Following on from my previous entry: life had started to get back to some degree of normality. Life will never be the same again, but Sarah and I had started to come to terms as best we can and we both were back at work. Some days were still too much, however we start to spend more time at work and less time away. I start to feel useful at work once more not just showing up.
Then I started to think about Christmas. Phoenix was due in early January, so if everything had gone to plan he may have come early, or if not Sarah would have been heavily pregnant during Christmas celebrations. Either way he would have been a part of our celebrations and I am sure he would have got lots of presents.
Unfortunately Phoenix will not make it with us to Christmas in person, we will remember him and think of him in spirit. One night I was thinking about this and feeling down: I took some time to grieve and thought I had processed it by the next morning. Sarah suggested we take the day off anyway just to be sure, but I think if I take a day off work every time I am feeling a bit blue I will never be at work. So off I went to work, thinking everything was good and dealt with last night.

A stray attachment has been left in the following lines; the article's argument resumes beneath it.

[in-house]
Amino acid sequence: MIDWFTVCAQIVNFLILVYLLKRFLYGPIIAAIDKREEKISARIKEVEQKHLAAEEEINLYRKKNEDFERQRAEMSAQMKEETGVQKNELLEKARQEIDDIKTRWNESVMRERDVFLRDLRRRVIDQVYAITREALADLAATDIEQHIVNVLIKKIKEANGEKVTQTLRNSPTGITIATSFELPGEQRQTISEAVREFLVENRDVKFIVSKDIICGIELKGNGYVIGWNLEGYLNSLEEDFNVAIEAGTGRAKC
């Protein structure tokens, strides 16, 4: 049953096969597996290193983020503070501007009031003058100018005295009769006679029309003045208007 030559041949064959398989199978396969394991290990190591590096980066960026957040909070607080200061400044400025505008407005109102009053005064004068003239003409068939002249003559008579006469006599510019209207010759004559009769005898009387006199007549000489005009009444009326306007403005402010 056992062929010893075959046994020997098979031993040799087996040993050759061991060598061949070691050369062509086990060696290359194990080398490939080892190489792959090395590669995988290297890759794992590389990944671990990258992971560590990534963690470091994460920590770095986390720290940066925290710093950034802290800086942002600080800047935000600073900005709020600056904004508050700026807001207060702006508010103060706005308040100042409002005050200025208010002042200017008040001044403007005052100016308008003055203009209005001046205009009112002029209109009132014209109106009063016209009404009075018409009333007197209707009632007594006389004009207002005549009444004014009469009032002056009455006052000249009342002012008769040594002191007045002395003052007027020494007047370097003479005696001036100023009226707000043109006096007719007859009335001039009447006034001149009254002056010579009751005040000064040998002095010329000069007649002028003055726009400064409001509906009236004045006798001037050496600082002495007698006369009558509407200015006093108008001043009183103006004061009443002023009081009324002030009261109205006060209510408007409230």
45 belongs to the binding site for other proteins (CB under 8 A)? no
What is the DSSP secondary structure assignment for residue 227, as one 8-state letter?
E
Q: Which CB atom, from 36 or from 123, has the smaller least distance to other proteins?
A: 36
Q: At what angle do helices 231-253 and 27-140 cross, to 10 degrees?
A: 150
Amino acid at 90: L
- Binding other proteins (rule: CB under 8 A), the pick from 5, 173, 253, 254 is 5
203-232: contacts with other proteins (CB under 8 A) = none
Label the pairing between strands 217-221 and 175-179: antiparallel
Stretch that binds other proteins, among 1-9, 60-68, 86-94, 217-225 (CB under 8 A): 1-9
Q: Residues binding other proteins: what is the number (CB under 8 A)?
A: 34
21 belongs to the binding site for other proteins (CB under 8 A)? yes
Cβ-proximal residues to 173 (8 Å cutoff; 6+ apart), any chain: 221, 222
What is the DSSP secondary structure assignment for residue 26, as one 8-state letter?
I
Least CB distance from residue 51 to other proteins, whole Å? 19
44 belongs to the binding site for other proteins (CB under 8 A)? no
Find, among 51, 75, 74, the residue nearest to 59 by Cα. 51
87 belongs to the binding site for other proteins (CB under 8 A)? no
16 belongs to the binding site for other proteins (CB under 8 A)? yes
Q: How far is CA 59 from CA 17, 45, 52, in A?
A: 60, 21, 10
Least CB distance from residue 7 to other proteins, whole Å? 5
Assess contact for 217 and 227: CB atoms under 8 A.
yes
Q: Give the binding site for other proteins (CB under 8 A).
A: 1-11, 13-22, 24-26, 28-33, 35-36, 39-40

As I prepared for my day as a school teacher, all is going well until the first bell for home group and I feel the grief rising but it is too late to deal with. I go in thinking I only have 20 minutes to deal with then I have a free lesson and can manage my grief then. As I enter the class it must have been written on my face a student asks me “Are you OK?” I believe in being honest with my students and I shake my head but I don’t have the words and that’s it - I break down.